Christmas can be a challenge for me. Or at least it has been in the last few years. Since the children have stopped believing in Santa, the festive season has lost its magic. I used to feel guilty at telling them a fairy tale, but at least it wasn’t just catalogues and shopping lists. I struggle with the materialism, kitsch, noise, stress, excess & meaningless ritual that I associate with this time of year, and every time I have to make a tremendous effort to overcome my resistance and come to a place of peace.
One year, this happened in the form of tears in the middle of the Christmas service, which I attended thinking that since this is a Christian festivity we engage in, perhaps church is the place to look for a core of authenticity. Of course I’m aware that Christmas is a Christian celebration superimposed over a more ancient Pagan festival celebrating the Winter Solstice, and as such would hardly go by the name of authentic. But ultimately, it’s not cultural authenticity I am looking for, it’s the need for a genuine spiritual core (although, as an aside: with jikiden reiki, I am glad to have to have found both) . That particular Christmas, silently, but vulnerably crying in public at my heartfelt distress, the answer came in the form of vulnerability. Celebrating the birth of a vulnerable child who grew up to choose the vulnerability of love even if the personal consequence was persecution and execution. I was reconciled. But it had been hard work.
Hearing the alarm bells of seasonal resistance a little earlier this year, I take a pragmatic approach. In frugal times, both my husband and I realise in conversation, things will have to be simple and paired down, and what a relief this brings. And a memory surfaces of one of the best Christmases we’ve had, in fact our first as a couple. When we didn’t have two pennies to rub together, the Christmas tree decorations were made from paper and my sculptor husband-to-be made the Christmas tree in simply stylised form from painted wood. Seasonal abundance came in the form of a giant crate of ‘Lebkuchen’ (German ginger biscuits) my father had sent as a Christmas gift from Germany, and was duly shared with family visitors after a brisk walk on the beach.
How will the children respond to the news of a modest Christmas? We’re a little nervous, not wanting them to be disappointed. This could be a good reason to give in to the Christmas madness after all, succumbing to peer pressure. It feels good to decide differently; after all, my malaise from previous years had been about the apparent absence of truth and real values. What a perfect opportunity to share ours with our kids. Not easy, but feels good. And they’ve taken it in good spirits.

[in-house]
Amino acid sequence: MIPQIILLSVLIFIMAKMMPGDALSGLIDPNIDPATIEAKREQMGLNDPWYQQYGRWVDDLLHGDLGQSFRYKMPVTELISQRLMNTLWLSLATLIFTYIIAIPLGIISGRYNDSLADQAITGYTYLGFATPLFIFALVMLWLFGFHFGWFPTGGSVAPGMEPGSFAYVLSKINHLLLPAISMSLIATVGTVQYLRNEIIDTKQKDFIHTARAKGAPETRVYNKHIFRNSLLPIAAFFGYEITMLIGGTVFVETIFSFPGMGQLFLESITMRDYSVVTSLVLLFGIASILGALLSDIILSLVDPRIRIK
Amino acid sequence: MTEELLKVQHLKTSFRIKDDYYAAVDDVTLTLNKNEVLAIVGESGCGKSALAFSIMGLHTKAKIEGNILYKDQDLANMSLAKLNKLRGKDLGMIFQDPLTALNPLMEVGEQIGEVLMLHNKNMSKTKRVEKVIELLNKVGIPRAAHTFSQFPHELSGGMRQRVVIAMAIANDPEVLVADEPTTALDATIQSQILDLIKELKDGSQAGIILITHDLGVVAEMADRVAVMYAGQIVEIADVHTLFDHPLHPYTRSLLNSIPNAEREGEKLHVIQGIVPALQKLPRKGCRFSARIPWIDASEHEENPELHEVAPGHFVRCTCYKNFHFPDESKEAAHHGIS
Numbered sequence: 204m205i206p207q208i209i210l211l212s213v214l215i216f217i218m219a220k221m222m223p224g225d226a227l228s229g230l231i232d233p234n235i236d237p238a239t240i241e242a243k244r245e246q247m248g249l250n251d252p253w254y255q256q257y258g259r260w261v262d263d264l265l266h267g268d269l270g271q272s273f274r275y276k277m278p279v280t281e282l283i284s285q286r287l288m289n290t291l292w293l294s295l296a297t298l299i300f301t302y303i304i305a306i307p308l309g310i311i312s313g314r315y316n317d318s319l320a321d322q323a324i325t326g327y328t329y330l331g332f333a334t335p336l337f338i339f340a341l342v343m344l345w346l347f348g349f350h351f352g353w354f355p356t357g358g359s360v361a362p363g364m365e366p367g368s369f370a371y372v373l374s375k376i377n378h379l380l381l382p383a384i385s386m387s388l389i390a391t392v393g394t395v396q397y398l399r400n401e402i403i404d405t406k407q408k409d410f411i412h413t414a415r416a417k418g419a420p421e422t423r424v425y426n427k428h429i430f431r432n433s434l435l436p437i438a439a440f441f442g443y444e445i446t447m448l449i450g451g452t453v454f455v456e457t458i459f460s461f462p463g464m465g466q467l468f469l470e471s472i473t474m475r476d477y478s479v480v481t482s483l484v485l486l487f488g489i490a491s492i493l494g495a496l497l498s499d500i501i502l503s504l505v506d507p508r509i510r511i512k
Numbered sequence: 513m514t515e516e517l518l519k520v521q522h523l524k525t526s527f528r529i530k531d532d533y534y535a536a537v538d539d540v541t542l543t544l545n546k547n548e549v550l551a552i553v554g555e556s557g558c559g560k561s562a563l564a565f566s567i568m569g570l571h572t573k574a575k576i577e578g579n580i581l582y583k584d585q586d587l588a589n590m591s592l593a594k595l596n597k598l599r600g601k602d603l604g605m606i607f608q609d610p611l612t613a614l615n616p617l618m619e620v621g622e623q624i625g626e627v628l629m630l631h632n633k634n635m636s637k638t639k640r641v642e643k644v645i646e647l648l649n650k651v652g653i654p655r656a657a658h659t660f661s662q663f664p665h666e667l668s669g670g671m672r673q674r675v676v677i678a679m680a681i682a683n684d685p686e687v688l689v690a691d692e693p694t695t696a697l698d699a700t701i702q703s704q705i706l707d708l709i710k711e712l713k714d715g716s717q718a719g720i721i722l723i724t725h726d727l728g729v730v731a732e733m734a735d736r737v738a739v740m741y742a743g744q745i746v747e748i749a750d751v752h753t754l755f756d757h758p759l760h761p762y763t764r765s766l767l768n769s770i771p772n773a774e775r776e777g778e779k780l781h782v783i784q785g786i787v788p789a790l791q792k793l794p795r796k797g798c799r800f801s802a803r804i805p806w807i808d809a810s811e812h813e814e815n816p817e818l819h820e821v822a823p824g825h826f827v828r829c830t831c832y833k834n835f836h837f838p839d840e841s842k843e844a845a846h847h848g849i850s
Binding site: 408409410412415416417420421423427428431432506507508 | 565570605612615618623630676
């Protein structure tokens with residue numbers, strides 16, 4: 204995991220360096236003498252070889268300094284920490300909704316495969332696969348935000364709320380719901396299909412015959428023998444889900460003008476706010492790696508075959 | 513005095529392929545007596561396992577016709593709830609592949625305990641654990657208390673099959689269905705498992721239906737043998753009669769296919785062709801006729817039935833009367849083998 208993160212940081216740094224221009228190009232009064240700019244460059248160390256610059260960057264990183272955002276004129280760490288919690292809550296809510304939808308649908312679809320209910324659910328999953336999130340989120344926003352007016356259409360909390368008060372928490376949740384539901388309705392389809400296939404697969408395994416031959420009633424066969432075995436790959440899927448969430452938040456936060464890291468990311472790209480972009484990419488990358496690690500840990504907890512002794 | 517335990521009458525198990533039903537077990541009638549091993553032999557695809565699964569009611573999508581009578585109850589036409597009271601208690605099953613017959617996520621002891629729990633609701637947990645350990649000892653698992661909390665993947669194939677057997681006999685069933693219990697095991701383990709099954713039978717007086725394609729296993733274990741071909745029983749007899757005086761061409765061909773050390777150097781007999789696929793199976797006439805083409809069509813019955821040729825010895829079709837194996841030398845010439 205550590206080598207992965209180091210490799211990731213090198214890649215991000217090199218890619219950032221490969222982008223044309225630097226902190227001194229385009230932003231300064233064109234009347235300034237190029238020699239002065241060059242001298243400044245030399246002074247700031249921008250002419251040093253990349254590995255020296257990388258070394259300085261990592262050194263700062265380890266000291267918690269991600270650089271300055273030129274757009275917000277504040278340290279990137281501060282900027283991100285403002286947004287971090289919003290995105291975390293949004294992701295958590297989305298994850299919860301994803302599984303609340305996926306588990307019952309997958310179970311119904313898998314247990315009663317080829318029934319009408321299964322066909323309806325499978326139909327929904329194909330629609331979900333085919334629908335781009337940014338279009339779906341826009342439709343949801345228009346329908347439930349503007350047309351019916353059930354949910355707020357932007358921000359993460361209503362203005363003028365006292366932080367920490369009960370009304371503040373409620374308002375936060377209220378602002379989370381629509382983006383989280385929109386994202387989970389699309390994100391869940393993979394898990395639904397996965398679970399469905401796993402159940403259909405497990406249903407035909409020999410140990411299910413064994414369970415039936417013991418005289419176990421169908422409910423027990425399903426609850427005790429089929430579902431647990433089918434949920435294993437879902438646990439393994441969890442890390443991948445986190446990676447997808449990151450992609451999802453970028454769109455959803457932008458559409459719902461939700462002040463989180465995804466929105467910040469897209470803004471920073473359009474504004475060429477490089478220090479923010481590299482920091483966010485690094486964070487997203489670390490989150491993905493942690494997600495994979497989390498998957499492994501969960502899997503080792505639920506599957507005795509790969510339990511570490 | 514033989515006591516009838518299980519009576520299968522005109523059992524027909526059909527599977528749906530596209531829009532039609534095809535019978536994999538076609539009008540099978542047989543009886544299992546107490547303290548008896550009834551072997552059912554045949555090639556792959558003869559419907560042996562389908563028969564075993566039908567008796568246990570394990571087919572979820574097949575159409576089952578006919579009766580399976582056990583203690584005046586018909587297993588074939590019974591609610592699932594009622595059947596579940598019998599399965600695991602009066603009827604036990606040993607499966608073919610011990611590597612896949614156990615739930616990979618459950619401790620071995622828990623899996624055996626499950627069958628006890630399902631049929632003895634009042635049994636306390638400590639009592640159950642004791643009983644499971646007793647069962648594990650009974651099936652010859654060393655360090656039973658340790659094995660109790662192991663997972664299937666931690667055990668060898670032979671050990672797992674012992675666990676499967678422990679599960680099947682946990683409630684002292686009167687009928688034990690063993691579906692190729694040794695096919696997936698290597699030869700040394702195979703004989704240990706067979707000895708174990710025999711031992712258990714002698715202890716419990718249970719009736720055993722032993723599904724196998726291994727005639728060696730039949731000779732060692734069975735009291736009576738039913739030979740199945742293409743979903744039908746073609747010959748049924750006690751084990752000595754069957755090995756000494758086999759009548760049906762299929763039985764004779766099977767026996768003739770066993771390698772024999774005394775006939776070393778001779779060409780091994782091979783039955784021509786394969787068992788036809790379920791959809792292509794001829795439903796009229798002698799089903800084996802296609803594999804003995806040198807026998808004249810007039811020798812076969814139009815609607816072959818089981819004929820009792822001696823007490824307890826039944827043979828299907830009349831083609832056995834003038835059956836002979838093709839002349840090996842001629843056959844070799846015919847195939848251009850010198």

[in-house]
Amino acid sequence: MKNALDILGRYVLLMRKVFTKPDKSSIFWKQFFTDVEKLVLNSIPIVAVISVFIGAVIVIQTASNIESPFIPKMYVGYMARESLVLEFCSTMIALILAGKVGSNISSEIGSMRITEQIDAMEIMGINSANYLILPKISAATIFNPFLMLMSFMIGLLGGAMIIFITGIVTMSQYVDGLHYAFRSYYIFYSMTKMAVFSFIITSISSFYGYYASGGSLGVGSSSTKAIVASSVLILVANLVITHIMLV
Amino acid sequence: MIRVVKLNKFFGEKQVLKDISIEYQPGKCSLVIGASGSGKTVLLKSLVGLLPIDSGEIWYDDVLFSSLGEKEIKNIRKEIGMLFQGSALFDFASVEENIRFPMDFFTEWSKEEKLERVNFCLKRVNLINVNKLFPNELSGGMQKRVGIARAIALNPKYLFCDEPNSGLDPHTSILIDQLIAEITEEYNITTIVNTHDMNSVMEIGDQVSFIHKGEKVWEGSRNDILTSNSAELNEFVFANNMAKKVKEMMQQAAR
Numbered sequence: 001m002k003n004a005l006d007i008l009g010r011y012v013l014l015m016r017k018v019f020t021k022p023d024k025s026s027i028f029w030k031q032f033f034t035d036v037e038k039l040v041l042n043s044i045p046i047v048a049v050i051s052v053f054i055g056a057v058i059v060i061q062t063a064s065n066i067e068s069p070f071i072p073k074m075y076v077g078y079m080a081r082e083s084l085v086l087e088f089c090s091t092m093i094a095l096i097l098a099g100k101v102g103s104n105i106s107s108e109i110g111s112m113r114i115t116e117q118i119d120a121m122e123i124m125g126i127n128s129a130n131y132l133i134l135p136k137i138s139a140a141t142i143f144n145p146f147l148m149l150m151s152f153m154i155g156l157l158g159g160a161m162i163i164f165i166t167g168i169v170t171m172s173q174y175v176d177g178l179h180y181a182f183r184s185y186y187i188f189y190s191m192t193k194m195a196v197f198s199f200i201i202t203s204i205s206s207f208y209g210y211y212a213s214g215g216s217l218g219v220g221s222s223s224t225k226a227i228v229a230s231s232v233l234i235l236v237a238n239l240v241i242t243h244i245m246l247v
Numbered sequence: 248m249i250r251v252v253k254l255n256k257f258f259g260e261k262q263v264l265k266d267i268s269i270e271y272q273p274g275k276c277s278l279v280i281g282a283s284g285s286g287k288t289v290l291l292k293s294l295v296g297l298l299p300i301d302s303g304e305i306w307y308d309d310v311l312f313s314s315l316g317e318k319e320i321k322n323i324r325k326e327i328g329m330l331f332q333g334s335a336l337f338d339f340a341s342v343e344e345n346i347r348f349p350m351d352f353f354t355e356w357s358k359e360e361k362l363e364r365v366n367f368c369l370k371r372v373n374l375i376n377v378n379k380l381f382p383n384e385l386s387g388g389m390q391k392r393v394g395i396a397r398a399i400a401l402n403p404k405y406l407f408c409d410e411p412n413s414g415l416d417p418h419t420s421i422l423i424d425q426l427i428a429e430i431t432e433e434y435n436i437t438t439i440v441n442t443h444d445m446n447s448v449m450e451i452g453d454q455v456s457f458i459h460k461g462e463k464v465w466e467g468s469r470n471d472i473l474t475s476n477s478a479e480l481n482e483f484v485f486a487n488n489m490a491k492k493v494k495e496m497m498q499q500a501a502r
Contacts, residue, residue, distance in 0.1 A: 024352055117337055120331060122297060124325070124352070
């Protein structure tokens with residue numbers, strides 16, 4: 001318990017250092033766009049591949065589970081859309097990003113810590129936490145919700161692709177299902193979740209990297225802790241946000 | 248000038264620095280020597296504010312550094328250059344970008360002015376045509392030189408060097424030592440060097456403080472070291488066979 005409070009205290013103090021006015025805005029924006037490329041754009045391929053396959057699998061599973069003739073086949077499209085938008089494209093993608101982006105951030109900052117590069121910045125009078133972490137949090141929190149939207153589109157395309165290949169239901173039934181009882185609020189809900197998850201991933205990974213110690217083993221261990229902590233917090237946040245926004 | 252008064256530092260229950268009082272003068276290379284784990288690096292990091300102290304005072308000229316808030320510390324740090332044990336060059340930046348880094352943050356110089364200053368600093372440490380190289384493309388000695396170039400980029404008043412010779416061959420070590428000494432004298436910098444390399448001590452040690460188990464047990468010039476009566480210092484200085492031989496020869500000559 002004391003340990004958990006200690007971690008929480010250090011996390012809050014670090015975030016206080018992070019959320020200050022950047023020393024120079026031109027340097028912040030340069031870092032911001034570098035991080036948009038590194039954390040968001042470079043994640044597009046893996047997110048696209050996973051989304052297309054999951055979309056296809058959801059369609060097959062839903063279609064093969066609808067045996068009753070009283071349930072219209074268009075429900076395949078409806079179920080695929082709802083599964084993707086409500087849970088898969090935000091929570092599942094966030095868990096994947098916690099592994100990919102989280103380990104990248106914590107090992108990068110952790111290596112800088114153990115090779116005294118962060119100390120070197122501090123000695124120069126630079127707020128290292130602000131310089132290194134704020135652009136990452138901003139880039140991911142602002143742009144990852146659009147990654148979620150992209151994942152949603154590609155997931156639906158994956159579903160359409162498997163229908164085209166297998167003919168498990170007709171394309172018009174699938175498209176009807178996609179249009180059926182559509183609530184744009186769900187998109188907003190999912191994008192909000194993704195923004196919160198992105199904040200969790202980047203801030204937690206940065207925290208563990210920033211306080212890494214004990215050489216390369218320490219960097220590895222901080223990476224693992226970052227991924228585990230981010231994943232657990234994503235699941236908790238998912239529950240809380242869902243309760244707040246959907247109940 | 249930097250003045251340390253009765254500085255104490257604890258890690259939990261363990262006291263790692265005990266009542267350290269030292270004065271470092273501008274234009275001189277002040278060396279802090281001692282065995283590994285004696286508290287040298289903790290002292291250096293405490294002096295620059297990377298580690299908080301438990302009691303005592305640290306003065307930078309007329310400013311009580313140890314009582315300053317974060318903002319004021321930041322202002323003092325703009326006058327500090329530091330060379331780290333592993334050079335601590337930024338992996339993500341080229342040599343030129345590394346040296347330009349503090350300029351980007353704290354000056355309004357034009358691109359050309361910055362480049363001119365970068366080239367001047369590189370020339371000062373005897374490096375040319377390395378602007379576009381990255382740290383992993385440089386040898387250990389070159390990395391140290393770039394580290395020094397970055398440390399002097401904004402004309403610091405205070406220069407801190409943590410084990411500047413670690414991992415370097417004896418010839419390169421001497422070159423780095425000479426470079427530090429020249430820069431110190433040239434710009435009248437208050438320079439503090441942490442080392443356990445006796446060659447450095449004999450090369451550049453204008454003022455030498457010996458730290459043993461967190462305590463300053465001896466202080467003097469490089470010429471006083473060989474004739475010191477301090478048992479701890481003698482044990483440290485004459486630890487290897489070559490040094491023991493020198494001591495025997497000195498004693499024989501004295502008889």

For two years now, Christmas has also been the time when I miss my friend Ian. Having made what seemed at the time like a complete recovery from stomach cancer, after a year of apparent health the illness came back quickly and aggressively. Ian passed away a few days before Christmas. How grateful I was for the snow to protect the children from being oppressed by my grieving. I am not grieving now, and even then I knew that Ian made the choice that was right for him. Hearing about the circumstances of his passing from his wife, my sense is that Ian’s spiritual ‘achievement’, letting go of deeply held old wounds, was the priceless gift afforded him by his transition. I vividly remember the last time I saw Ian a few days before his death. I will not describe the outward picture of suffering I saw, as I want us all to remember him in his full strength and in his prime.
But I do want to evoke the lesson in humility I received on that day. Kan shash te. Be grateful. How easily I get absorbed in life’s little frustrations and challenges. Forgetting that I have health, a loving family, a cosy home, work I passionately love and find satisfaction in and a network of wonderful people surrounding me.
The bright light of a clear winter day streaming in through the conservatory windows, my dying friend sits in an armchair ecstatically experiencing the tastes and sensations of an ice lolly he had asked the nurses for, even though eating in itself has now become an ordeal. Fully aware what is happening to him, he is also fully in the moment, experiencing the smallest sensations with intense pleasure and awareness. This lolly is all he needs to be filled to the brim with gratitude.
Thank you Ian for this truly humbling lesson in both gratitude and peace.
Photo credit: Ian Mackenzie, used with kind permission of Talitha Mackenzie